that can affect the frequency response as well as Disable All Enhancements.

(On my laptop, I have a separate entry for headphones, but the Speakers setting controls both headphones and speakers, so try something to check you're adjusting or checking the right 'playback device')

I guess we can eliminate high output impedance trying to drive a low-impedance load, because your Turtlebeach Z2 are 32 ohm impedance and the earbuds are likely to be similar, which ought to be fine.

Does the Z2 have a combined microphone and headphone 3.5mm jack plug? That might be a potential problem in a standard stereo headphone-only socket perhaps.

Also there are some audio devices specifically tailored to be non-flat (e.g. ~20 dB bass boost present in one 'stylish' CD player's headphone jack & speaker output with no adjustment available).

A loopback test (or input to a PC soundcard with a line-in port - usually lacking on laptops) might be revealing if there's a problem with your settings. You could compare the spectrum of captured and original audio or even run a RMAA test.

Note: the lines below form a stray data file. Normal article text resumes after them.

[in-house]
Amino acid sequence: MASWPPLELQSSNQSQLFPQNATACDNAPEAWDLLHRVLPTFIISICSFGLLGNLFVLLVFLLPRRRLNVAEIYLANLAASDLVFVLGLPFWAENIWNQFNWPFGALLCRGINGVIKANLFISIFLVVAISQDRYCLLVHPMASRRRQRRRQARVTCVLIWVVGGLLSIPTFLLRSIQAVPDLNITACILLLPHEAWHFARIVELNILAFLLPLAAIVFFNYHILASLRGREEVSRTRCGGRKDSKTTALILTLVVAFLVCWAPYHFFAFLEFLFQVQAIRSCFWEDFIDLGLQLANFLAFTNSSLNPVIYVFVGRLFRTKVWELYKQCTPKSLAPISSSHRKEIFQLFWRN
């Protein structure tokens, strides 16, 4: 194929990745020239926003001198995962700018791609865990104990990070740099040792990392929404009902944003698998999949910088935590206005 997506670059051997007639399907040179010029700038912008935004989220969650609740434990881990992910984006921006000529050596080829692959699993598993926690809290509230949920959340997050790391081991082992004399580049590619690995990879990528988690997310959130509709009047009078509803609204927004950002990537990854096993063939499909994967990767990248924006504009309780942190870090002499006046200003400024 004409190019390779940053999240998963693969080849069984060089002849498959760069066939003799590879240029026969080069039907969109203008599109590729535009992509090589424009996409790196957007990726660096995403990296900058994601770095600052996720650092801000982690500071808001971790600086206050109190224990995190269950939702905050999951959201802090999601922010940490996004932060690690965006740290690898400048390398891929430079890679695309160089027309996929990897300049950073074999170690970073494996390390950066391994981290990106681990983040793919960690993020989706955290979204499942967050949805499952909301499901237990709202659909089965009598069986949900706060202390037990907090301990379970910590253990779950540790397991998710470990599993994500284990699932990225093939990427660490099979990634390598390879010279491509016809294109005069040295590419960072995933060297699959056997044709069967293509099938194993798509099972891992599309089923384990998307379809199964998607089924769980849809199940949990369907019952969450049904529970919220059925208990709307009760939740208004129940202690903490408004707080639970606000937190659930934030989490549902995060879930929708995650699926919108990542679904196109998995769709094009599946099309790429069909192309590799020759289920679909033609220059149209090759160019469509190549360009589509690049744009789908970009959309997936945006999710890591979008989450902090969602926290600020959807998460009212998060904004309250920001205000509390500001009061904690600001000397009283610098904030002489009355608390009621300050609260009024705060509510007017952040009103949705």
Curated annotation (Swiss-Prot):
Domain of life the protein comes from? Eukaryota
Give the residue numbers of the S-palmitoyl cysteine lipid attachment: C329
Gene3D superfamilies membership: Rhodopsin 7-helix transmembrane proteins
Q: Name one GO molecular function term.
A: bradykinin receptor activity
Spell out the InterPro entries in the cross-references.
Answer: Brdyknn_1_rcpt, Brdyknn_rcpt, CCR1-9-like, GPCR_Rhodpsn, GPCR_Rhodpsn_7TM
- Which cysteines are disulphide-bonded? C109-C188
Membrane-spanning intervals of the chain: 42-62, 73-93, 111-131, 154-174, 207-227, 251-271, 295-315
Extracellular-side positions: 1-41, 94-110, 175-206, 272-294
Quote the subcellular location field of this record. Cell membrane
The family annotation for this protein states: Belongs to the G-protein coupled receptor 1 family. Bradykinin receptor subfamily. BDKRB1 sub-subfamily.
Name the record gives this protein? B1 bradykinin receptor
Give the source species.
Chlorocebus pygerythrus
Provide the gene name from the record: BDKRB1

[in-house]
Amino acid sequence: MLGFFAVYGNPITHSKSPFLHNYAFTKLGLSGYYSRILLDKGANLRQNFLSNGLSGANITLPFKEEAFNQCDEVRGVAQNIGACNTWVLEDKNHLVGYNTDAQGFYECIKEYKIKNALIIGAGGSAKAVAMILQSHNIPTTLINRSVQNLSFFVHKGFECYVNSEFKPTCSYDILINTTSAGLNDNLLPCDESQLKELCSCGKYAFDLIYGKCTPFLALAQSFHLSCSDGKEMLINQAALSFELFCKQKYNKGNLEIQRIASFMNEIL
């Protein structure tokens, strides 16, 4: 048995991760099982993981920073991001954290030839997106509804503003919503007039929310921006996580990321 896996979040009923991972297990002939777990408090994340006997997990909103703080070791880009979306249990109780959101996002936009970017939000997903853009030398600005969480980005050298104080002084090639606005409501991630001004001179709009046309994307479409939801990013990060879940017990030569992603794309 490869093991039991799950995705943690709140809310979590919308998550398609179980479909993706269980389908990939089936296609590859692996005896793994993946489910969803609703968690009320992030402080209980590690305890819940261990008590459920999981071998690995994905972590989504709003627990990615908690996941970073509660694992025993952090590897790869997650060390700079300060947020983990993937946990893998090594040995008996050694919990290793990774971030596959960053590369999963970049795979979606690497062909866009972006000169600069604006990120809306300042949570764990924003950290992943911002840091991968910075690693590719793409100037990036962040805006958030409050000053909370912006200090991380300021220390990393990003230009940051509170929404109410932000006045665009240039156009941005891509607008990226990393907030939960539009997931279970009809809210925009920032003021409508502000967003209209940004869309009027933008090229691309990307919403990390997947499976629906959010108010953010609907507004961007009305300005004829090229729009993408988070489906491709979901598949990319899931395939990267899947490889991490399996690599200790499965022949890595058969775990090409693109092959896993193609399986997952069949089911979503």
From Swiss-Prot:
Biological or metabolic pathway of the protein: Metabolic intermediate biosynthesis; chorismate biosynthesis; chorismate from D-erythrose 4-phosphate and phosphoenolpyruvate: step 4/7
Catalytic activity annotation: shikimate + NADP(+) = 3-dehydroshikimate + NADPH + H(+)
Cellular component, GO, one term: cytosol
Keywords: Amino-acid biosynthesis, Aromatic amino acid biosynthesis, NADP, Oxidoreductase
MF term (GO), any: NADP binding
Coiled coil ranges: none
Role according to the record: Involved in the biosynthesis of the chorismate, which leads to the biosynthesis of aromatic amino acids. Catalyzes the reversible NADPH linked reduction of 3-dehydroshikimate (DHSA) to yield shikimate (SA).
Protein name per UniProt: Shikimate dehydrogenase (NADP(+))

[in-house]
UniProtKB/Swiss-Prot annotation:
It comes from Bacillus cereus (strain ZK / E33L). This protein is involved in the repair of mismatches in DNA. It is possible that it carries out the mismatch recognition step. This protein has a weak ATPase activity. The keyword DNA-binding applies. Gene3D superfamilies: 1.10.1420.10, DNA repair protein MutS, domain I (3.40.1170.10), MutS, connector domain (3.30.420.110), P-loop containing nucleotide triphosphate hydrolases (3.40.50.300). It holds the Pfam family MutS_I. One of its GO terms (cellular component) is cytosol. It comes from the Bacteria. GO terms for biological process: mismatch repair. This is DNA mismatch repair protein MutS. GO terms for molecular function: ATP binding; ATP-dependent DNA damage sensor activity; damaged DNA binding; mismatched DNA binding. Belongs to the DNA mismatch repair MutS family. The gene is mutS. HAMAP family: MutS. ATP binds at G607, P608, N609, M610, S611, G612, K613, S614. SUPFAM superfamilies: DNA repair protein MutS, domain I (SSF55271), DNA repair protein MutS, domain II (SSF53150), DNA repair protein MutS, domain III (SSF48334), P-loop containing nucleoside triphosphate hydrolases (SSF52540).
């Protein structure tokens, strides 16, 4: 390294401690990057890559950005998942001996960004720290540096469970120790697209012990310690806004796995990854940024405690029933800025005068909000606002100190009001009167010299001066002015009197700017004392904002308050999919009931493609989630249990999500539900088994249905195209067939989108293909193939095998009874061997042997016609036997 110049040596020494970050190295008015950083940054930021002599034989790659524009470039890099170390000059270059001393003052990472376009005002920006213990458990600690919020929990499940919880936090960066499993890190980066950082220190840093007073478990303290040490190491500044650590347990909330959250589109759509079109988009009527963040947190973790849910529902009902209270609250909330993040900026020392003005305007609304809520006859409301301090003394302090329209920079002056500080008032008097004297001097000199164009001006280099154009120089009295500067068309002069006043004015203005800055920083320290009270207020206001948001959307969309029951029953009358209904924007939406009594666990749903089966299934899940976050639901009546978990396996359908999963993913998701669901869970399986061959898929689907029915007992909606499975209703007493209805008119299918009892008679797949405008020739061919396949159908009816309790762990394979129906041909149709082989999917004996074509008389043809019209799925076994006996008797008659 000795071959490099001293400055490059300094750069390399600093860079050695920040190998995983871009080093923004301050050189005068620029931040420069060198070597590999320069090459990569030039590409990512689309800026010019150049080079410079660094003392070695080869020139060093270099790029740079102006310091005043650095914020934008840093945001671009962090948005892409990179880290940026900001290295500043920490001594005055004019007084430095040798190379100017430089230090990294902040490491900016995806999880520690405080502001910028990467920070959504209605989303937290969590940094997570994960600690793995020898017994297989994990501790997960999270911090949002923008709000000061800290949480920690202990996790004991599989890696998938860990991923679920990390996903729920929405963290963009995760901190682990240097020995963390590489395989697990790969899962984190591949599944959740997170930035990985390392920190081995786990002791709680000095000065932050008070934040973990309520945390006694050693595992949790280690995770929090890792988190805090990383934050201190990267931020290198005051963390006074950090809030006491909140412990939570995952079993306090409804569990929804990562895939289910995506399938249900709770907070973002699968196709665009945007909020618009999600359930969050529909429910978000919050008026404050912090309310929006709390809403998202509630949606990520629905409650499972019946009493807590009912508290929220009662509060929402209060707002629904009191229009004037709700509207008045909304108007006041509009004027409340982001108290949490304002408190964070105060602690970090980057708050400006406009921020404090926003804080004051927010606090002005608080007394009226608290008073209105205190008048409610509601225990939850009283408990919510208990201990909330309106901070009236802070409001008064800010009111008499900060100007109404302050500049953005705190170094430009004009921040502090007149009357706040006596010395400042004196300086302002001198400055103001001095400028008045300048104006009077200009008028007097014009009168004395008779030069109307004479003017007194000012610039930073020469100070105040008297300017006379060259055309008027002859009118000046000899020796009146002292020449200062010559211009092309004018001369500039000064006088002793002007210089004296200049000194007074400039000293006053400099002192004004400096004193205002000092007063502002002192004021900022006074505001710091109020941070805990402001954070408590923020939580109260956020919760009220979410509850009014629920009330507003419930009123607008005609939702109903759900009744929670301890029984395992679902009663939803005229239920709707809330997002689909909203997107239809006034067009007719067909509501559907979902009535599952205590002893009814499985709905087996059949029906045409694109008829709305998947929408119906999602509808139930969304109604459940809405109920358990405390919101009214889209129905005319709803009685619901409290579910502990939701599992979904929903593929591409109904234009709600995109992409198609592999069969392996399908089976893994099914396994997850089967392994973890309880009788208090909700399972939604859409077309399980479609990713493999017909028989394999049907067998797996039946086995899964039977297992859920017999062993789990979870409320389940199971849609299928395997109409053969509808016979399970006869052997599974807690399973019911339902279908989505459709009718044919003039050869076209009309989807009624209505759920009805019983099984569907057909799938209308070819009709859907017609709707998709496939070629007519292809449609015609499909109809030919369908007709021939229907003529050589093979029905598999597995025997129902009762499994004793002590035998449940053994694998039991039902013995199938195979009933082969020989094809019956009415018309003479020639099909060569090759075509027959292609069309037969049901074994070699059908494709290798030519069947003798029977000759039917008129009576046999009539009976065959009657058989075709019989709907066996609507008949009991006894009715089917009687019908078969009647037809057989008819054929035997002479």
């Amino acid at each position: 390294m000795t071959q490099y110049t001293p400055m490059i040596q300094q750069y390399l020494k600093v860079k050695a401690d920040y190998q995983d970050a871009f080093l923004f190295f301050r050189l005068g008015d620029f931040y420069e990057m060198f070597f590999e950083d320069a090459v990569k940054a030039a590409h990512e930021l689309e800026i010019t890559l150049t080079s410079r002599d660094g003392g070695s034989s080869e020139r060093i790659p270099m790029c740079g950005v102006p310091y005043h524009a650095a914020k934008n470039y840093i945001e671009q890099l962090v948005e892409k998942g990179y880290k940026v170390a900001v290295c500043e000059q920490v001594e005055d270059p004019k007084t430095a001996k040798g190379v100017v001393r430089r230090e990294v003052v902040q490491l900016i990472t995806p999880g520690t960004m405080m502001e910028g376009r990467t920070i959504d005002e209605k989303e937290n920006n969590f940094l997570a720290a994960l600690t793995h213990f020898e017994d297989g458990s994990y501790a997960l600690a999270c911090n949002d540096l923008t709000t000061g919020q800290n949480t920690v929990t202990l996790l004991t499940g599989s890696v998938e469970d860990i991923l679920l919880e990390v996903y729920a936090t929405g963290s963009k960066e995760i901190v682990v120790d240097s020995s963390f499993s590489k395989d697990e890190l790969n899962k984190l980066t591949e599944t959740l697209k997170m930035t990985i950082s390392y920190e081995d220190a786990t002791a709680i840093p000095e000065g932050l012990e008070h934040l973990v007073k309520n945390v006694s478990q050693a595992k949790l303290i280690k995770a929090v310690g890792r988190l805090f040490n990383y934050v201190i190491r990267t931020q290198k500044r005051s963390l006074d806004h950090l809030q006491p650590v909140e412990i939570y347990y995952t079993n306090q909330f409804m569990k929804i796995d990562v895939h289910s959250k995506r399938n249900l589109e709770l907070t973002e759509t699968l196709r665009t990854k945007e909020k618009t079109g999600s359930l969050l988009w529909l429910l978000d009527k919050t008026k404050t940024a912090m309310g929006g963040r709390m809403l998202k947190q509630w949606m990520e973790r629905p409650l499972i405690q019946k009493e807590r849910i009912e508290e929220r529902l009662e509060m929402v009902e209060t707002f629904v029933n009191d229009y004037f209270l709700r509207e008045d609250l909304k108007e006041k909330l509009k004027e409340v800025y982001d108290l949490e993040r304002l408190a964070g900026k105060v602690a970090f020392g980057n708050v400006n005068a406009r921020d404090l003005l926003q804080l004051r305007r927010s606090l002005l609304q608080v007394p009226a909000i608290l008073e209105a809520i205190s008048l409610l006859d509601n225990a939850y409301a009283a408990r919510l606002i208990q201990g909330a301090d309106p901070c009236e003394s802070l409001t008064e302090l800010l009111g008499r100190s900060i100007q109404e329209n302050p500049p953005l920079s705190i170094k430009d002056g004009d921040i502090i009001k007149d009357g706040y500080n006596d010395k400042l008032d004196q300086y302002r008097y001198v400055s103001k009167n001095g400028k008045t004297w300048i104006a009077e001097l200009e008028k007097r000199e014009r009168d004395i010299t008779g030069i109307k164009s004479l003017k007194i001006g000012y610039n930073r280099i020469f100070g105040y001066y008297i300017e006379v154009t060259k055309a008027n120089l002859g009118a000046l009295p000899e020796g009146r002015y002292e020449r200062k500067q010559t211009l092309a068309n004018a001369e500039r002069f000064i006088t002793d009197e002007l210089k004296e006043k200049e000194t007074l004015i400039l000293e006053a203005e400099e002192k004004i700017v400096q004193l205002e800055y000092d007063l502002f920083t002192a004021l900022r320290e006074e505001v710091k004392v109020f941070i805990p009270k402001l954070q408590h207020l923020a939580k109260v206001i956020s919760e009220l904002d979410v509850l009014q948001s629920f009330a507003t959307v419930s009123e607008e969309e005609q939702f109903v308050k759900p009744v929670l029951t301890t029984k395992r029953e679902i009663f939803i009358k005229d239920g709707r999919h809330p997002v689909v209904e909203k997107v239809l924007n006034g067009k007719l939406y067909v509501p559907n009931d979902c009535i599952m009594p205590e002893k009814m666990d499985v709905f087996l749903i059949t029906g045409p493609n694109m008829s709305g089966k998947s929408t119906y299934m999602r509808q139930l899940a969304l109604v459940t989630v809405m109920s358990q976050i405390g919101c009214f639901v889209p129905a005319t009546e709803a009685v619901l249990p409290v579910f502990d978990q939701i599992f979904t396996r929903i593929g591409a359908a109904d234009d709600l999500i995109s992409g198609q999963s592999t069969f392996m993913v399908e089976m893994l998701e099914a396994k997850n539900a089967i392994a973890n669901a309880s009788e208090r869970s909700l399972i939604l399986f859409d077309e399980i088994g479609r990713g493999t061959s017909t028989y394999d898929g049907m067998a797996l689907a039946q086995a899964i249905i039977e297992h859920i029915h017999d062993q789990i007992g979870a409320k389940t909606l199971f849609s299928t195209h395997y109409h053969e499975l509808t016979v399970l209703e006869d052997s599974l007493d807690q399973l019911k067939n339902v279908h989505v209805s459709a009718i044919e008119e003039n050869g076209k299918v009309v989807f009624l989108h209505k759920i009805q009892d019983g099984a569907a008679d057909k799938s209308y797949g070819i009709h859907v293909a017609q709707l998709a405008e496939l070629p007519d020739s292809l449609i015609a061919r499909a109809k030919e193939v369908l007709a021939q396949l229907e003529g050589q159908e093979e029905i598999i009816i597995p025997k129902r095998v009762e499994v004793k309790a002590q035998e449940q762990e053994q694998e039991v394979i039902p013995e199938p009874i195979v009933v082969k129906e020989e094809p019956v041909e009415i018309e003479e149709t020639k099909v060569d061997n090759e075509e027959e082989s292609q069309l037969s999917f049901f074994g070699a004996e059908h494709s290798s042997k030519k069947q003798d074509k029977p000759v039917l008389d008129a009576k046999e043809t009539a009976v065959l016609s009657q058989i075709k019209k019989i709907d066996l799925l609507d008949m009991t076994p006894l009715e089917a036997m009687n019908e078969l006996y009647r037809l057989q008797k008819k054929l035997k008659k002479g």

Go to the top of the page
+Quote Post
skamp
post Jan 12 2013, 09:45
Post #4





Group: Developer
Posts: 1453
Joined: 4-May 04
From: France
Member No.: 13875



QUOTE (Dynamic @ Jan 11 2013, 11:03) *
I guess we can eliminate high output impedance trying to drive a low-impedance load, because your Turtlebeach Z2 are 32 ohm impedance and the earbuds are likely to be similar, which ought to be fine.


Why can we eliminate the possibility of high output impedance? It's pretty common with onboard audio, and discrete sound cards as well (75-100Ω!). Here's how to measure it.

Also, here are instructions on how to run RMAA. Replace the iPod with the source that you want to measure (e.g. your PC).

This post has been edited by skamp: Jan 12 2013, 09:48


--------------------
See my profile for measurements, tools and recommendations.
Go to the top of the page
+Quote Post
uart
post Jun 1 2013, 08:21
Post #5





Group: Members
Posts: 810
Joined: 23-November 04
Member No.: 18295



QUOTE (skamp @ Jan 12 2013, 01:45) *